Home / Routing / BGP / Understanding BGP communities

Understanding BGP communities

What are BGP communities?

The BGP community attribute is a numerical value that can be assigned to a specific prefix and advertised to other neighbors. When the neighbor receives the prefix it will examine the community value and take proper action whether it is filtering or modifying other attributes.

By default the community attribute is removed from the update before being sent to the neighbor. To allow community values to be sent to a specific neighbor the command neighbor x.x.x.x send-community must be applied.

BGP has default 4 well known communities that can be used to mark prefixes; listed as follows:

  • Internet: advertise these routes to all neighbors.
  • Local-as: prevent sending routes outside the local As within the confederation.
  • No-Advertise: do not advertise this route to any peer, internal or external.
  • No-Export: do not advertise this route to external BGP peers.

Why using BGP communities?

Communities can be used to mark a set of prefixes that share a common property. Upstream providers can use these marks to apply a common routing policy such as filtering or assigning a specific local preference.

As a service provider you can make an agreement with your customers on a specific policy to be applied to their prefixes using communities; this gives your customers the freedom to change the policy of a prefix just by changing the community attribute value with no support from your side.

Consult this link for an example of Using BGP community values to control routing policy.

How to set community attribute values?

  • Network command: the optional route-map at the end of the network command can be used to set the community of the advertised prefix.
  • Aggregate address: the Attribute-map option can be used to set the attributes of the aggregate route including the community value.
  • Neighbor command: a route-map can be used to set the community of specific prefixes received from or sent to the neighbor.
  • Redistribution: you can set the community attribute of the redistributed prefixes using the route-map option of the redistribute command.

How to match community attribute values?

  • A standard or expanded IP community list must be configured specifying the values to be matched.
  • Use the match statement in a route map to match the values specified in the IP community list.
  • The route-map can be used to apply routing policies by setting other attributes or filtering the prefix based on the matched community value.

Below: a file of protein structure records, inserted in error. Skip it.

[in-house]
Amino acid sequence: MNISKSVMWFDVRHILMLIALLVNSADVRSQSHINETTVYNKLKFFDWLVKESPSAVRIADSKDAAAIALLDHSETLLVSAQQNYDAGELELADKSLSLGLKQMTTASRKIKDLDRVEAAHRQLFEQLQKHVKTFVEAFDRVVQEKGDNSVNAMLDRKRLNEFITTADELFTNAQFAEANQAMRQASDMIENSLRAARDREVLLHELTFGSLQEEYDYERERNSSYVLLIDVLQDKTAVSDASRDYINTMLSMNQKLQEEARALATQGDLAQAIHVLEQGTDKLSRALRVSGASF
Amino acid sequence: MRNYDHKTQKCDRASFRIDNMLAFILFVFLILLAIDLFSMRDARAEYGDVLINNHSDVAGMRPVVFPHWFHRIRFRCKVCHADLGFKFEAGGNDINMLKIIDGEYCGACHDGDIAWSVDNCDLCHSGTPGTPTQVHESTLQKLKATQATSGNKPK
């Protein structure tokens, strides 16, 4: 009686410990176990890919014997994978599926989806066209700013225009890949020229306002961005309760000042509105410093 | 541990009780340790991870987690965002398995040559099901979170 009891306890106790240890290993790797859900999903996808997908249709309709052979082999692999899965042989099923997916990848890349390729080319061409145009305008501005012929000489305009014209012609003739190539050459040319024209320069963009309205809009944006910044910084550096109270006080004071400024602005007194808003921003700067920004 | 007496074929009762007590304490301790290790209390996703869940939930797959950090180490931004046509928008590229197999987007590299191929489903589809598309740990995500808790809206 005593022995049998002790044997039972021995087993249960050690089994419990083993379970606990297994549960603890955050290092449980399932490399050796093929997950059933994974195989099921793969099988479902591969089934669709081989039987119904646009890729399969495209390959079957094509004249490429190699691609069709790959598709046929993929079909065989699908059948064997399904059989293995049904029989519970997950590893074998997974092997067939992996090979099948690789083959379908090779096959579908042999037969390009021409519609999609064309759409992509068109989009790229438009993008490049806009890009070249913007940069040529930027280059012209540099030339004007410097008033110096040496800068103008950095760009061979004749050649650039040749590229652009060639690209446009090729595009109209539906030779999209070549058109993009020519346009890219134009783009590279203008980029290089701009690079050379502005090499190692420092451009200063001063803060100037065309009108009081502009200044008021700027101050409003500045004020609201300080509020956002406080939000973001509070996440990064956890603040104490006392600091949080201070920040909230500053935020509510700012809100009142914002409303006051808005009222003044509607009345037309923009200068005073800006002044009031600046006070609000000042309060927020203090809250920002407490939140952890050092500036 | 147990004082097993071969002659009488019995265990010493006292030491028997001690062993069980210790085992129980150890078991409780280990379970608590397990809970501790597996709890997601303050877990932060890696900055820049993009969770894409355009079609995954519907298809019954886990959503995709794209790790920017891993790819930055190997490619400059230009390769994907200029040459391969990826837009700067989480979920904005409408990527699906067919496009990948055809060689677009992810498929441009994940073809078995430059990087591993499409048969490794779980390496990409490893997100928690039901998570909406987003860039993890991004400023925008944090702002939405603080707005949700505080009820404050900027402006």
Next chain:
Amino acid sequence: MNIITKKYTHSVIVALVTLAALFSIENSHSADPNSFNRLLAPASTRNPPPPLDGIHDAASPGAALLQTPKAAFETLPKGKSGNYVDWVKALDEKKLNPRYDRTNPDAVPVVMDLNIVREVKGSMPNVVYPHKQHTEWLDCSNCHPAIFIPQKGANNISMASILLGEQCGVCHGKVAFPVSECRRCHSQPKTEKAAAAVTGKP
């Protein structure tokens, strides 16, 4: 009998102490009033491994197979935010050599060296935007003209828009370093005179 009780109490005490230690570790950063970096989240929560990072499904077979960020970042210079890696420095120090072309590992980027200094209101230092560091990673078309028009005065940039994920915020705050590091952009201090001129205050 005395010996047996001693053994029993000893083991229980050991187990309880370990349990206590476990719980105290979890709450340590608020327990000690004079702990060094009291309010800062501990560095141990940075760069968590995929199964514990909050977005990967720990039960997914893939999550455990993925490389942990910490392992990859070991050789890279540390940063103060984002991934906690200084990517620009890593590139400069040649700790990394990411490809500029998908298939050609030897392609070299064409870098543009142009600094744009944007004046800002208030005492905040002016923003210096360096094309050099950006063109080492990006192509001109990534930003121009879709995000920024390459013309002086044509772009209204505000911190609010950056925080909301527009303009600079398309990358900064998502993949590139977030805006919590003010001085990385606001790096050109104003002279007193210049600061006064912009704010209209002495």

Here is a simple example:

R1 is directly connected to R2 with an IBGP session between them; the example will show you how to use communities to manipulate BGP attributes:

Configuration of R1:

R1(config)#ip bgp-community new-format

R1(config)#route-map SETCOM
R1(config-route-map)#set community 1:10

R1(config)#router bgp 12
R1(config-router)#neighbor remote-as 12
R1(config-router)#neighbor send-community

!-- The network is advertised with community 1:10
R1(config-router)#network mask route-map SETCOM

!-- R1's BGP table
R1(config)#do sh ip bgp
BGP routing table entry for, version 2
Paths: (1 available, best #1, table Default-IP-Routing-Table)
  Not advertised to any peer
  Local from (
      Origin IGP, metric 0, localpref 100, weight 32768, valid, sourced, local, best
      Community: 1:10

Configuration of R2:

R2(config)#router bgp 12
R2(config-router)#nei remot 12

!-- Before applying any policies
R2#sh ip bgp
BGP routing table entry for, version 2
Paths: (1 available, best #1, table Default-IP-Routing-Table)
Flag: 0x820
  Not advertised to any peer
  Local from (
      Origin IGP, metric 0, localpref 100, valid, internal, best
      Community: 1:10

!-- Match the community using a standard community-list
R2(config)#ip community-list 1 permit 1:10
R2(config)#route-map COM
R2(config-route-map)#match community 1
R2(config-route-map)#set metric 100

R2(config)#router bgp 12
R2(config-router)#nei route-map COM in

!-- After applying the policy the metric changed to 100
R2#sh ip bgp
BGP routing table entry for, version 3
Paths: (1 available, best #1, table Default-IP-Routing-Table)
Flag: 0x800
  Not advertised to any peer
  Local from (
      Origin IGP, metric 100, localpref 100, valid, internal, best
      Community: 1:10

Hope I have been informative; more practical examples on using BGP communities is coming in later posts.


As you can see in the comments below, Ivan has spotted an myth about the internet community in his post mysteries of the internet community; please check out for details.


  1. Please stop spreading the “Internet” community myth 🙂 See my blog post for details.

  2. Thanks Ivan for the correction, that’s why it is important to have masters like you 🙂

  3. good post. thanks

  4. Thanks !!, It;s great example.

  5. Finally, a good and straight forward explanation about BGP communities.

    Thanks, needed that refresher.

    Victor. CCNP

  6. Very good and detailed information….


  7. to the point detail… nice networks onlie

  8. To the point detail. Nice Network online

  9. Very good straight forward talk on bgp communities. Best I’ve read yet!
    Thank you

  10. Cool. well explained!! Thanks

  11. Hello,

    It is indeed a well written explanation about BGP communities. There is however something i still don’t get if i may.
    Let’s consider that this command “set comunity X:Y” is issued. Can anyone explain to me to what X and Y values are refering to and how to decide which value should they take.

    Thanks in advance

  12. What if a router receives an update with community while the router doesnt have any rule for that community. To be specific if router doesnt have any route map at all.

    Whether the router will take the update and process it or will just discard it?

  13. A minor detail: In R2 lwas not issued ip bgp-community new-format as well